Stone The Crows


Tom Bishop knows something is happening. But when The Horror begins, it will be too late for everyone else.

The crows outside Bishop’s flat have destroyed the morning birdsong. A vicious, aggressive black cloud of razor-sharp beaks and talons begin to taunt then attack him, a stark warning that the delicate fabric of daily life in the commonsense world is about to be altered forever.

The woman, the Japanese assassin, is pursuing him through the snaking dark streets of London. No matter how hard he tries to shake her off, she is always there waiting for him like a spectre. Is she some kind of shape-shifter morphing into familiar surroundings, lulling him into some false sense of security before she attacks him again? What does she want? Why him? But she is only a small fragment of this apocalyptic puzzle.

He knew they existed. The Inorganics. Flickering around him, as if on the extreme border of his consciousness, corporeally invisible, Bishop felt their presence as strongly as any worldly creature. It was as if energy had seeped into his existence and acquired a predatory soul. He knew some Inorganics could be harmful, but through his training he could defend himself  so far.

Roulla Mavromati, the enigmatic woman he meets one day on the train, craves his knowledge. But these will not be the lessons found in any university surrounded by the leafy comfort of academia. She will be pushed to the very edge of pleasure and pain to discover they spring from the same source. As her thirst for Heaven and Hell intensifies, Bishop has to find new extremes where the boundaries of flesh and consciousness dissolve. Roulla possesses a power Bishop has never encountered in any woman he has known. Unleashed, the potential could be devastating. As Roulla excels in her studies, Tom Bishop realises this is the woman he was always destined to meet and that these are not merely games of master and slave but a frightening prelude of what is to come.

Then it begins

It is during one of the many conversations with another resident of the house, his philosophical sparring partner, the Red Yank, an out-of-work actor with a passion for classical music, pipes and women. His flat is cluttered with chaotic displays of his theatre and film work, and he shares it with the love of his life, a politically incorrect parrot called Louie.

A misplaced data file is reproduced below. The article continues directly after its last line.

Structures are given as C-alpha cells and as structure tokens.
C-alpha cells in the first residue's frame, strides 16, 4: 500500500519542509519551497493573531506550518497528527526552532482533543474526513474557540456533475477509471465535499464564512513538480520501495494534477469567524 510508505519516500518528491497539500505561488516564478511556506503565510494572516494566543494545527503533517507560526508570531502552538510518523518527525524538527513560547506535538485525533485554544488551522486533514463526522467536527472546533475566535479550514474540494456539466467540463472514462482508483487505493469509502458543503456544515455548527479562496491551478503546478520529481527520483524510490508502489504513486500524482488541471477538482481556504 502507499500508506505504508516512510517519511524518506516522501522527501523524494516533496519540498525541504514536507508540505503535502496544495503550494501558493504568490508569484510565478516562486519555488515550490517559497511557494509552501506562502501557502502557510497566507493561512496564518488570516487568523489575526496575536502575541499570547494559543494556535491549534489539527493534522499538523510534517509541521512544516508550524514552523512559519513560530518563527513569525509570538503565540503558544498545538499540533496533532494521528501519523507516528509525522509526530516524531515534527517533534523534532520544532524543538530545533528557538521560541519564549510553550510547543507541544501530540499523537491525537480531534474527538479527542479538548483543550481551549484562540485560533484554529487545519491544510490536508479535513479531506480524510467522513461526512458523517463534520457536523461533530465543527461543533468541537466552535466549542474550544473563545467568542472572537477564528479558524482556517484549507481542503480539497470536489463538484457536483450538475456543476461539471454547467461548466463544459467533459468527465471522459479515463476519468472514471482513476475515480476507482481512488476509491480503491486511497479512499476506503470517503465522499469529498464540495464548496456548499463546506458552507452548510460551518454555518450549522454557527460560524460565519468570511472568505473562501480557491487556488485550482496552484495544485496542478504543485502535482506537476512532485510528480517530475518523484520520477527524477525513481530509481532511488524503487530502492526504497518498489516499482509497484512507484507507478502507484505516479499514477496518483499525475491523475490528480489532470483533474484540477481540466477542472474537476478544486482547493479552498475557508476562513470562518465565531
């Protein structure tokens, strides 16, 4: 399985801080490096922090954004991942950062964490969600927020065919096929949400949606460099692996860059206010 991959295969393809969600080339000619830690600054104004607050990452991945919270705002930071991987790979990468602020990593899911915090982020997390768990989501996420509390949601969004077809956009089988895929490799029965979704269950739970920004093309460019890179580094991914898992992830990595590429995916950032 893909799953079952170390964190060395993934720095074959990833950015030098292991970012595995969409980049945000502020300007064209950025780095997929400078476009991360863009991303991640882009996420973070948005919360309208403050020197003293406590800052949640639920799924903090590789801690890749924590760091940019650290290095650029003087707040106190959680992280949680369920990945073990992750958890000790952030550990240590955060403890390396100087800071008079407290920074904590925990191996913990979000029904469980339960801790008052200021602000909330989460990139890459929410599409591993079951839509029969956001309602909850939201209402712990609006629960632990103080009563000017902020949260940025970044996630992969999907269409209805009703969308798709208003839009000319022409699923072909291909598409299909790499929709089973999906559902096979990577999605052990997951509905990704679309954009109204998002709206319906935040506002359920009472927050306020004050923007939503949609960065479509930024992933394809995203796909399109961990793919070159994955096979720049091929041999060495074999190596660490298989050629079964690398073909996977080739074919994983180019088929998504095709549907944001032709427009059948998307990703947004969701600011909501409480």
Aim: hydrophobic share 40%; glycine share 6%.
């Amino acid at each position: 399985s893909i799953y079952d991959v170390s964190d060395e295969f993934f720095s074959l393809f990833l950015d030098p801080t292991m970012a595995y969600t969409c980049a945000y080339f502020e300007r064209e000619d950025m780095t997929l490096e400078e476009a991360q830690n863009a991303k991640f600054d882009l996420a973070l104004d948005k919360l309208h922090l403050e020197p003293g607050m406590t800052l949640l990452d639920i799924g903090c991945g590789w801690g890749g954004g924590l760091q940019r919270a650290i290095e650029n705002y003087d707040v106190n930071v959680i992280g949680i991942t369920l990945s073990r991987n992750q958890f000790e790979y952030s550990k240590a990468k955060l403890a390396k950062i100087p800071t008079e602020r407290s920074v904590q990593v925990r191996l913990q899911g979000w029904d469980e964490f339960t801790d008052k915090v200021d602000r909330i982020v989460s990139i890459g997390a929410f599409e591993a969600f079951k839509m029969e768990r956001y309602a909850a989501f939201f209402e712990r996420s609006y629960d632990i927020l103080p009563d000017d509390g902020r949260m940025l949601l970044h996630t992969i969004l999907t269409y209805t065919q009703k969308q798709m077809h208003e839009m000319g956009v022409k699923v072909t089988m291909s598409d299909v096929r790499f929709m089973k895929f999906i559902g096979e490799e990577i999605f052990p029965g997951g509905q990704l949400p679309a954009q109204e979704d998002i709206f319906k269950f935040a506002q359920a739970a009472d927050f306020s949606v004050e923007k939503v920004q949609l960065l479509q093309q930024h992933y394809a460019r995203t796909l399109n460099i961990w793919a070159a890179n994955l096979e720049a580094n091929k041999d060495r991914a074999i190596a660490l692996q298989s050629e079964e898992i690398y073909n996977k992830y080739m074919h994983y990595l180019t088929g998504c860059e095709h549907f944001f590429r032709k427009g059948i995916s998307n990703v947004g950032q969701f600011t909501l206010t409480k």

At first it seems like a simple car accident in the street outside with the two drivers in an angry stand off  maybe an exchange of blame, then insurance details? An axe swings, bullets spray from a gun and a man lies dying on the floor. A hate-fuelled mob floods the neighbourhood charged with insanity and chaos as Bishop and the Red Yank unbelievingly crane their heads out of the window to watch as the police, outnumbered and helpless, disappear beneath a tidal wave of blood and anarchy. It could be the beginnings of a long overdue revolution. But this is what Bishop has always known. The Horror had begun.

The landscape has dramatically changed overnight. Dismembered corpses hang from trees, the dead litter the streets as the crows and rats feast on the banquet. At first it seems that the only living creatures are the crows. Patrolled by armed guards, huge razor wire pens have been constructed. Inside, a new breed of animal is being broken in and conditioned to obey their new masters. Naked and dehumanised, the filthy rich, the ex-rulers of the people and the upper echelon, have become the primary fuel as they pull the new order around in makeshift chariots. Whipped into a pulverising subservience, these scarred and tattered people scream out for a system that has crumbled into the bloody filth and human detritus of stinking London streets.

Animals with reborn primal savagery hunt in packs, tearing apart anything in their path and adding to the growing carnage. The Horror is engulfing everything, not just people. The earth is in revolt.

Tom Bishop and the Red Yank find to their amazement they can walk around without drawing attention to themselves while watching the blasphemy of deconstructed humanity at their leisure. But the crows see them. The crows always see them, and the crows haven’t forgotten.

Then Bishop hears The Voice and learns why things are the way they are. Why they always will be. Why The Horror has to exist.


3. Chapter Three




“I like-a pain,” she continued, her voice loud, as if she were addressing the crew from the bridge of a ship.  The other passengers froze in their seats.  “I like-a sexual pain.”